Re: Accessing ERP Software Database based on SQL Server

Okay, but can I get an answer on the MDF file question? Do these front end programs normally still save the data in a standard SQL Server file, or is it realistically possible that the database can be stored in a way that can't even be detected by outsiders, for example by merging the data file into another proprietary file?

This is more a question of how SQL Server works -- whether it allows programs to dump the database data into a larger proprietary data file (and thus rely on the program to "feed" the data stream back to SQL Server), or the contrary if SQL Server always demands that the database itself is stored in a standard way determined by Microsoft or industry standards that makes it universally accessible (password protection notwithstanding).

Kronix is offline   Reply With Quote
Old 12-22-2017, 04:22 PM   #8
jleach
Newly Registered User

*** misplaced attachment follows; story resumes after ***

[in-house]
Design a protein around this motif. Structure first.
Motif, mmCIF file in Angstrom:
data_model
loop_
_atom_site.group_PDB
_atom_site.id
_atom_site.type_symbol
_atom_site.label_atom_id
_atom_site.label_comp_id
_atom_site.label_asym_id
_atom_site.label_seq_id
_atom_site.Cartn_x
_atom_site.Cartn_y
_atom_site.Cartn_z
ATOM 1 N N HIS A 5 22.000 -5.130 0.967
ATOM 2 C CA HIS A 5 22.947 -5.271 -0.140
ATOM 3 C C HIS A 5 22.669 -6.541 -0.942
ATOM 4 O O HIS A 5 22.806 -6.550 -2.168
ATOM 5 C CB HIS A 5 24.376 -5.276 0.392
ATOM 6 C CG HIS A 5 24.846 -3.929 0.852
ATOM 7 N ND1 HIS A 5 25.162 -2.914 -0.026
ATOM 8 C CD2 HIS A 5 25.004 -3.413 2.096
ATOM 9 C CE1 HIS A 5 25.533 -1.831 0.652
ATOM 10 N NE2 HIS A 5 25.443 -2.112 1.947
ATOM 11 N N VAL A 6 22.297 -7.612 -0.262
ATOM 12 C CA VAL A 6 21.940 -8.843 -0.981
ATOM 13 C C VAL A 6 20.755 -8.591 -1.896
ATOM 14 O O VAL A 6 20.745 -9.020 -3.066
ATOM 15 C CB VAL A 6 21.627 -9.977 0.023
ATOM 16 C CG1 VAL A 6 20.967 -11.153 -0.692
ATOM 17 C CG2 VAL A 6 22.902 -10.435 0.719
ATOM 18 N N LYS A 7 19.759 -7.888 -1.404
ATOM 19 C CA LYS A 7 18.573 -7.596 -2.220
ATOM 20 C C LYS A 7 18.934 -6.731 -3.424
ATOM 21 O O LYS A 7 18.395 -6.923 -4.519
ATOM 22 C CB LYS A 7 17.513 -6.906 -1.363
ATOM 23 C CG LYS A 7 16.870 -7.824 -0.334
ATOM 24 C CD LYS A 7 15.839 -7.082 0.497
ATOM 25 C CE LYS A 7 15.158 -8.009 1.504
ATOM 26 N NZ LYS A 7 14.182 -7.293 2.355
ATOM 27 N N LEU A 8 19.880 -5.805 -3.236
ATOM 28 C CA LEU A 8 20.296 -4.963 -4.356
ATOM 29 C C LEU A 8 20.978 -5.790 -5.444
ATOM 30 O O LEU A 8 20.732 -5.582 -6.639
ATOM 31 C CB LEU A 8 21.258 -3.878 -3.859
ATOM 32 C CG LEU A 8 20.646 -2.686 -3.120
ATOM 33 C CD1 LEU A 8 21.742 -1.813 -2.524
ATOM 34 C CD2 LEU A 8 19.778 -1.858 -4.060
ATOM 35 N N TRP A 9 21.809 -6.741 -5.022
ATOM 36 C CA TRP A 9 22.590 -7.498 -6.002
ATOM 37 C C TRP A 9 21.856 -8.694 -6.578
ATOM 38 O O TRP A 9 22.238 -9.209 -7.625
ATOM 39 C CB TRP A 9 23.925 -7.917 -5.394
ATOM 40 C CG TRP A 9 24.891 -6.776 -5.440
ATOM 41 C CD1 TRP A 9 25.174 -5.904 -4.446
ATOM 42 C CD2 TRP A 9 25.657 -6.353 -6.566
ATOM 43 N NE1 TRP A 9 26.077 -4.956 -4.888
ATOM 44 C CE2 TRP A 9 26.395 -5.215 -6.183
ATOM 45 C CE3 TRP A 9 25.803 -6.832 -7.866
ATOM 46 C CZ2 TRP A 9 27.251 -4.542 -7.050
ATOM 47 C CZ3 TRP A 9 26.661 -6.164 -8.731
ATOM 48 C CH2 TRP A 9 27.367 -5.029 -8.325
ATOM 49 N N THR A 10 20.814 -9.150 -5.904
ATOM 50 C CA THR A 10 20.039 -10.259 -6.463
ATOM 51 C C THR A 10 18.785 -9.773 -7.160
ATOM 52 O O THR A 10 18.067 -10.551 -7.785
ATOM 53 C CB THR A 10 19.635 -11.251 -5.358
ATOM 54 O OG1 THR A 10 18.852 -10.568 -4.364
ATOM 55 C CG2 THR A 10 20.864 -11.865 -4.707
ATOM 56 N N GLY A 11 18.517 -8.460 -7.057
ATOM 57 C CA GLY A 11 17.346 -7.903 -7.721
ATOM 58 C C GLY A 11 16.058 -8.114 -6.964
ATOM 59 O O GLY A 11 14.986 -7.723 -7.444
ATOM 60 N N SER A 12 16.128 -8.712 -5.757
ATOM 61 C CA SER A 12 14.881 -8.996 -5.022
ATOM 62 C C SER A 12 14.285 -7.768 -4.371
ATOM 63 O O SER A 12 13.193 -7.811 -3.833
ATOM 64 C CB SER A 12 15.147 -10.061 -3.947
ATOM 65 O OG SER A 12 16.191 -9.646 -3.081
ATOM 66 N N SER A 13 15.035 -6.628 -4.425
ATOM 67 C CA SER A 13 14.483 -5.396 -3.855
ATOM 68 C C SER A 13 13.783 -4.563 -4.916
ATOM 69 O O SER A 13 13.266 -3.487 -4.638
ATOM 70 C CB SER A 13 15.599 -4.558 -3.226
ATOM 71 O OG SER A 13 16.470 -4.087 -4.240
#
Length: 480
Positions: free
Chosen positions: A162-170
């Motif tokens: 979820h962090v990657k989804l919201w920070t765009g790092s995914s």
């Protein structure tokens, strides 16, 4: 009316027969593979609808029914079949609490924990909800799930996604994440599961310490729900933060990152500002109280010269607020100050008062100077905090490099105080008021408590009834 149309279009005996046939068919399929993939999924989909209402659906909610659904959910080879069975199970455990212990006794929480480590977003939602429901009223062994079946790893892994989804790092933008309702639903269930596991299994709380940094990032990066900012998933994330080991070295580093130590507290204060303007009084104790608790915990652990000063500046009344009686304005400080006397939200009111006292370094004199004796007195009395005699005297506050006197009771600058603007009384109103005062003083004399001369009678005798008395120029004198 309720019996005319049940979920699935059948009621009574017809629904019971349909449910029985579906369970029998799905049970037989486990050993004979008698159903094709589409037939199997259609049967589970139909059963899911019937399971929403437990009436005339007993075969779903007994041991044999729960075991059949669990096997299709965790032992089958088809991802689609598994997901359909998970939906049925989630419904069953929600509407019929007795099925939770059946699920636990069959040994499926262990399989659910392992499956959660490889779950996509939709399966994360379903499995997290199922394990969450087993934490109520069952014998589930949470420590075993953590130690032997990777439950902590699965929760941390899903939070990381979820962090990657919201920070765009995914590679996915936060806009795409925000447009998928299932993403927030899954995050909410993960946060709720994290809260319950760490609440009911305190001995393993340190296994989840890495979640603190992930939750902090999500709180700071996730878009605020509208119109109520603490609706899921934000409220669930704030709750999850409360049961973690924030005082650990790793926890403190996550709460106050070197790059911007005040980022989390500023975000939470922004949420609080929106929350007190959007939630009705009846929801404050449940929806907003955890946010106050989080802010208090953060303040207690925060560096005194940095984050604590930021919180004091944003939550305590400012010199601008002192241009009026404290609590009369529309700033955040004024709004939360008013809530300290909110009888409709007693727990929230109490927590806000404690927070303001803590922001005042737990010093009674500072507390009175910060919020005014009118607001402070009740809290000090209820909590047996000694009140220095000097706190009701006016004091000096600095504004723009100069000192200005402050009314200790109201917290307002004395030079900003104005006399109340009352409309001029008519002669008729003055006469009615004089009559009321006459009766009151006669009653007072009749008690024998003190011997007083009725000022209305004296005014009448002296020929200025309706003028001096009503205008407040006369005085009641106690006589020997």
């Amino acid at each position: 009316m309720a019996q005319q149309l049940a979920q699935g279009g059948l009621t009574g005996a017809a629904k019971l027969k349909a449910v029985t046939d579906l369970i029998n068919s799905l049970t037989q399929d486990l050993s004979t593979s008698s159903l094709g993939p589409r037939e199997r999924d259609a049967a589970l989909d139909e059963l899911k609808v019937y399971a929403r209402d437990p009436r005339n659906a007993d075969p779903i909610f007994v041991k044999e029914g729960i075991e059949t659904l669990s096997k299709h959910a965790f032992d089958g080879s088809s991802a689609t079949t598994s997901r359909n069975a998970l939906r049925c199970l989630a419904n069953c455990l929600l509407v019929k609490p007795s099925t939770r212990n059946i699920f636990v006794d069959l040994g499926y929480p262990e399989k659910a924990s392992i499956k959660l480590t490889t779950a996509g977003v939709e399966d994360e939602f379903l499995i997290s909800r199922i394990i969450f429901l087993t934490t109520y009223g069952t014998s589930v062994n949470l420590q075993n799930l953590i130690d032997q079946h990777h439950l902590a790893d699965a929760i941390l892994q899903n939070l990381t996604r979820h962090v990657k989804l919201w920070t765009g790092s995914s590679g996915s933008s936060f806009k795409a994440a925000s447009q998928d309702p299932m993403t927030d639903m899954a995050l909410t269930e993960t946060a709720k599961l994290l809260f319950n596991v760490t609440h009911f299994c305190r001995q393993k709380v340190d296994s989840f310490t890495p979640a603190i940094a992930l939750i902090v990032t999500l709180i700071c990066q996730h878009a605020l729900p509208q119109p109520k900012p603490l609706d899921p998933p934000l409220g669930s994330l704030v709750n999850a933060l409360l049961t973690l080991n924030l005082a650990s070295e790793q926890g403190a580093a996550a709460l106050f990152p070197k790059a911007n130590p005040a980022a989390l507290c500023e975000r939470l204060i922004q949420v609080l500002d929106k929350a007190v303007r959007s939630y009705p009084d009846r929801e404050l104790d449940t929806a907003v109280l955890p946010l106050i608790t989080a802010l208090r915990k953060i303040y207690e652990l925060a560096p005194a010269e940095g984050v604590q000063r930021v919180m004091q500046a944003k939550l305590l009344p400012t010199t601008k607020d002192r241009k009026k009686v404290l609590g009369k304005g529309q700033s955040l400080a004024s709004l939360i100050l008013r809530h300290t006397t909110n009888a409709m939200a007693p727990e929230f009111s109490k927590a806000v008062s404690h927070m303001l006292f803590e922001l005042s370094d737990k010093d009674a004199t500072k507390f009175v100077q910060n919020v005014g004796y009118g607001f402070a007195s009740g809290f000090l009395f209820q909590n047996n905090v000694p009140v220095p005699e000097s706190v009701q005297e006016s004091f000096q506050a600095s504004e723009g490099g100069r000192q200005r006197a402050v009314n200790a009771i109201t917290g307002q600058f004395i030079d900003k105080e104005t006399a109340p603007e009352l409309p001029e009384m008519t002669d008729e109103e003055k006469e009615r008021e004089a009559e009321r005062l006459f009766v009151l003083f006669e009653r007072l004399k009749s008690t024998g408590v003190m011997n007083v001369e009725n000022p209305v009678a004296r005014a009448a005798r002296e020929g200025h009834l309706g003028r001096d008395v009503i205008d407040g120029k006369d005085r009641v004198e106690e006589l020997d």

jleach's Avatar
 
Join Date: Jan 2012
Location: New York, NY
Posts: 245
Thanks: 15
Thanked 58 Times in 58 Posts
jleach will become famous soon enough
Re: Accessing ERP Software Database based on SQL Server

I don't know for sure, but if someone put a gun to my head and told me to take my best guess, I'd say no, it's not possible to introduce a proprietary data file format for SQL Server. Databases are an extremely fine-tuned engine humming along with all parts in harmonic motion (think about it: millions of pieces of data consulted and resolved in less time than it takes to snap your fingers...) I can't imagine that any RDBMS would support any sort of swappable persistence format. I could be wrong, but...

I would further note that just because you can get access to an .mdf may not necessarily mean you can do something with it. SQL Server is robust in security and it's layered thickly.

This all smells of someone trying to do something that shouldn't be done. Why not just check with the vendor in question an ask? (or, if you want a general idea, check with 10 vendors and get a reasonable idea).

I know no further and will bow out of this one now. Cheers,
__________________
- Jack D. Leach

To view links or images in signatures your post count must be 10 or greater. You currently have 0 posts.

Microsoft MVP 2012-2016
jleach is offline   Reply With Quote
The Following User Says Thank You to jleach For This Useful Post:
Kronix (12-27-2017)
Old 12-23-2017, 02:25 AM   #9
CJ_London
Super Moderator
 
Join Date: Feb 2013
Location: UK
Posts: 9,989
Thanks: 38
Thanked 3,234 Times in 3,132 Posts